New Agreement Integrates Location Intelligence into World Bank Software and Initiatives.
Esri announced that it has entered into a memorandum of understanding (MOU) with the World Bank, an international organization with the mission to reduce global poverty. Under the agreement, Esri software geoenables the World Bank’s Survey Solutions software, allowing staff to improve accuracy and quicken the kinds of data collection, analysis, and decision-making that countries need to address the most urgent development challenges.
The World Bank and Esri are leaders in their respective fields and share the objective of creating a sustainable way of life for all people around the world. The organizations will collaborate to deliver solutions that integrate Esri’s spatial analytics technology into the World Bank’s Survey Solutions and Cloud for Development. Esri’s tools will bring real-time data collection and visualization to these solutions, particularly as they relate to Census 2020.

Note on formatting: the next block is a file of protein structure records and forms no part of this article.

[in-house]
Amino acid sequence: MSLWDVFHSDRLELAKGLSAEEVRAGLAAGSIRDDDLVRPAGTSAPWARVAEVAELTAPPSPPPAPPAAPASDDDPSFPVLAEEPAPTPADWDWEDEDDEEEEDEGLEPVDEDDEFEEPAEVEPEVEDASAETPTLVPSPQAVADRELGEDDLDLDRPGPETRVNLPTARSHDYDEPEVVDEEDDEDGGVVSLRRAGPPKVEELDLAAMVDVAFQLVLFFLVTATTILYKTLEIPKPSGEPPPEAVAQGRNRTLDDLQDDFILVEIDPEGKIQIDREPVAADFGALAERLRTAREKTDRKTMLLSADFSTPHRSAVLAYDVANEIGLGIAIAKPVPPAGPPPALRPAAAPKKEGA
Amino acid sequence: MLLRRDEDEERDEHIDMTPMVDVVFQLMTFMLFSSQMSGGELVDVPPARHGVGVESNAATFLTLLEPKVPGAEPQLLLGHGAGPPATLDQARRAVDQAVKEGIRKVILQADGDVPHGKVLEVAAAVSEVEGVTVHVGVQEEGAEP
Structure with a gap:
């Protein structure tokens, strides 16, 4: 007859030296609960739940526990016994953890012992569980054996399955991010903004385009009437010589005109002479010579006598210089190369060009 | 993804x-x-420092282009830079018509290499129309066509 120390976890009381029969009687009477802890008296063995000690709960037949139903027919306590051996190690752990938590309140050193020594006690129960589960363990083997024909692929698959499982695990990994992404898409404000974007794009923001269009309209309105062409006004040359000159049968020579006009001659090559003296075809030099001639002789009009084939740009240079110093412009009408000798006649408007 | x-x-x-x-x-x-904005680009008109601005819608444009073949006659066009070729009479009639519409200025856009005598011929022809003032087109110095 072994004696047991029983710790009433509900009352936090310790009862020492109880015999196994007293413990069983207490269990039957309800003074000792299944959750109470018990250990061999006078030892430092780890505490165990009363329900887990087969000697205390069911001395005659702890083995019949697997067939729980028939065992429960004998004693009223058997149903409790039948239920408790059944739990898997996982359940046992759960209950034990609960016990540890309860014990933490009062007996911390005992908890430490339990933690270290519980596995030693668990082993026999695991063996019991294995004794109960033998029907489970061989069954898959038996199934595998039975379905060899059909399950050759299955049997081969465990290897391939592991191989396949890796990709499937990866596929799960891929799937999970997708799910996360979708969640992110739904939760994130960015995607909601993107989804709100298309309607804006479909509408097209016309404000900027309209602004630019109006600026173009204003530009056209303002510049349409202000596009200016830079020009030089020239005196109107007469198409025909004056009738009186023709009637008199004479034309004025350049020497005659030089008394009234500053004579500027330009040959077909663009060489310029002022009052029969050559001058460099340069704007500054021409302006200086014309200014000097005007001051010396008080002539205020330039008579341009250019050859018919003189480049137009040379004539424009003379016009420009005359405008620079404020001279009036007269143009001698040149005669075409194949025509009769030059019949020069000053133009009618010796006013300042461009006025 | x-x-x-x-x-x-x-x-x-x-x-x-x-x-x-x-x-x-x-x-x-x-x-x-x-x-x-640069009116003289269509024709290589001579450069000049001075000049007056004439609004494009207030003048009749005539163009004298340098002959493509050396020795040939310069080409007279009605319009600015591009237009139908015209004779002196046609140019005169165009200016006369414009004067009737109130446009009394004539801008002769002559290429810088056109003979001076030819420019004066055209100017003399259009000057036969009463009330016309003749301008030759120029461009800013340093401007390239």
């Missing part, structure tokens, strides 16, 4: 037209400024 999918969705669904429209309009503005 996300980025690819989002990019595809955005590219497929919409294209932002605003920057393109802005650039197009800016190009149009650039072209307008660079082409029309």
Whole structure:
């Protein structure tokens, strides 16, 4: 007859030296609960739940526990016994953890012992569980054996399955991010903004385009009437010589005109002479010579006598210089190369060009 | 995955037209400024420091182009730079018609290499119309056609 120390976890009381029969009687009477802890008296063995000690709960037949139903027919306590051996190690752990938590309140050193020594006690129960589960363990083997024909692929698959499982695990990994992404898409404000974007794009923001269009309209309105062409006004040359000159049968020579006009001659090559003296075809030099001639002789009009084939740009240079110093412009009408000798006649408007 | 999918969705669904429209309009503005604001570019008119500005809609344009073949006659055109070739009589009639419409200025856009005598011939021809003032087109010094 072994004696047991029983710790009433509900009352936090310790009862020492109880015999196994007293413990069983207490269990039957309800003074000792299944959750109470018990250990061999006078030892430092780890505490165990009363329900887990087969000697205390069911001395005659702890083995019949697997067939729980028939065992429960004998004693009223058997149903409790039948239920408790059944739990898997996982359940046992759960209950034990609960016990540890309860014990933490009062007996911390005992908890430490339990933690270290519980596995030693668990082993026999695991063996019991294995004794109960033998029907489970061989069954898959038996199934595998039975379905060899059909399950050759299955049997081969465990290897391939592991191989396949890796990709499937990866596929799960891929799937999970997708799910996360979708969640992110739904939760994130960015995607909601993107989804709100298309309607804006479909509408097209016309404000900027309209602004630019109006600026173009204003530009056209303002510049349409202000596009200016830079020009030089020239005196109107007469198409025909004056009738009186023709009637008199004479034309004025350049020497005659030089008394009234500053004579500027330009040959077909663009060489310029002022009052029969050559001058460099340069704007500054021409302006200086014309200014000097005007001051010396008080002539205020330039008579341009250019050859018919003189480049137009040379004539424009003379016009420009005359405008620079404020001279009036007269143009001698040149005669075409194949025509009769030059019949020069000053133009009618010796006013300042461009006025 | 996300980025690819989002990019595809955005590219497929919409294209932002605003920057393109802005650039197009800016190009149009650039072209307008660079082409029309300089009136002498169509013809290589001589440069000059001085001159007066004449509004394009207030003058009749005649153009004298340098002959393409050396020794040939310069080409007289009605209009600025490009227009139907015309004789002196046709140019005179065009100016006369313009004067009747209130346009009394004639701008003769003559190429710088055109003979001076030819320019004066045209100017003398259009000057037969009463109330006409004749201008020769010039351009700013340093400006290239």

“The World Bank has an impressive goal: to end extreme poverty and boost shared prosperity,” said Linda Peters, Esri global business development manager. “The complex challenges of sustainable development that the World Bank faces underscore the need for geospatial data and tools for users to understand how to help the most people possible.”
The World Bank’s Survey Solutions is a computer-assisted personal interviewing (CAPI) software that helps build capacity for data collection and analysis in developing nations. Survey Solutions does this by offering national statistical agencies and other institutions involved in data collection a cost-effective and sustainable solution for conducting surveys. Providing a location component to survey data collection enables field teams to cover populations more efficiently and accurately and begin to put into action a global statistical geospatial framework.
“This agreement with Esri will allow users of Survey Solutions to collect both standard survey data and GIS data,” said Michael Lokshin, manager of the Survey Unit, Development Economics, at the World Bank. “Now, our clients in developing countries have a free and powerful platform to collect data in a wide range of surveys. For example, in agricultural surveys, using high-resolution satellite imagery can improve precision and reduce [the] time it takes to measure land plots.”